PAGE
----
Although controversial, a popular estimate says that corruption costs the planet more than $2.6 trillion annually, or 5% of global GDP. This rampant theft, often from the ordinary citizen, is responsible for some of the worst instability and inequality in the world, hampering much-needed sustainable development.
NSN believes that corruption has been and remains one of the biggest threats to national security, globally. It erodes trust in public offices and officials and increases inequality, often trapping entire countries in a never-ending cycle of poverty and conflict.
According to Transparency International’s most recent Corruption Perception Index, 15 of the 20 most corrupt countries are African and Middle Eastern states – the two regions most prone to violence and insurgency, and two of the most geopolitically and resource-important for Western countries.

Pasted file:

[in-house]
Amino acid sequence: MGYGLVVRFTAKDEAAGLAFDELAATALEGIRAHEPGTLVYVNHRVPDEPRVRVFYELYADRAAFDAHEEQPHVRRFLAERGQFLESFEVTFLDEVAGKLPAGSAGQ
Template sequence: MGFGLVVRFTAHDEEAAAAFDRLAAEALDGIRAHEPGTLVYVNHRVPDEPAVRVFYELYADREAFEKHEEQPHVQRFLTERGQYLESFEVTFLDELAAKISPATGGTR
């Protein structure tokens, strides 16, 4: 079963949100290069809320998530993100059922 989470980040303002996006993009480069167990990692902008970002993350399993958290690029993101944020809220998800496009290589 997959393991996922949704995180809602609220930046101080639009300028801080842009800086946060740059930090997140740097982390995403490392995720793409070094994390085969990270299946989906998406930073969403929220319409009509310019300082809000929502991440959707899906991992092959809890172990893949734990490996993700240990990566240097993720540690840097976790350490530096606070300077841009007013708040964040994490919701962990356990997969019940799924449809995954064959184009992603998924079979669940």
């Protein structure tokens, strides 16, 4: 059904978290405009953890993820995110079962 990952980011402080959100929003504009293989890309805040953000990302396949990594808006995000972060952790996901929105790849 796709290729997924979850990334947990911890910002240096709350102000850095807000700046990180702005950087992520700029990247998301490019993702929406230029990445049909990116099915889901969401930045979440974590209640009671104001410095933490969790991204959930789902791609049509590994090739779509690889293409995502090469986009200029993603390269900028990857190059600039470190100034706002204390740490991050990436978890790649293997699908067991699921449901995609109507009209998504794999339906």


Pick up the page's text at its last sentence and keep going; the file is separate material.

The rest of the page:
Critical minerals in sub-Saharan Africa, access to which is often obtained through bribery, are mined by companies owned by governments often hostile to western governments and supranational alliances.
And the widespread corruption of government officials, as seen recently in the EU-Qatari bribery scandal, pushes influence that is often not beneficial to the wider populace or individual economies.
Recent attempts to improve transparency, such as the EU’s failed attempt to grant public access to Ultimate Beneficial Owner (UBO) registers, are often lip service with no real results. The UK’s corporate register, Companies House, remains unverified, despite government calls for reform, allowing names such as ‘Adolf Tooth Fairy Hitler’ to pose as genuine directors.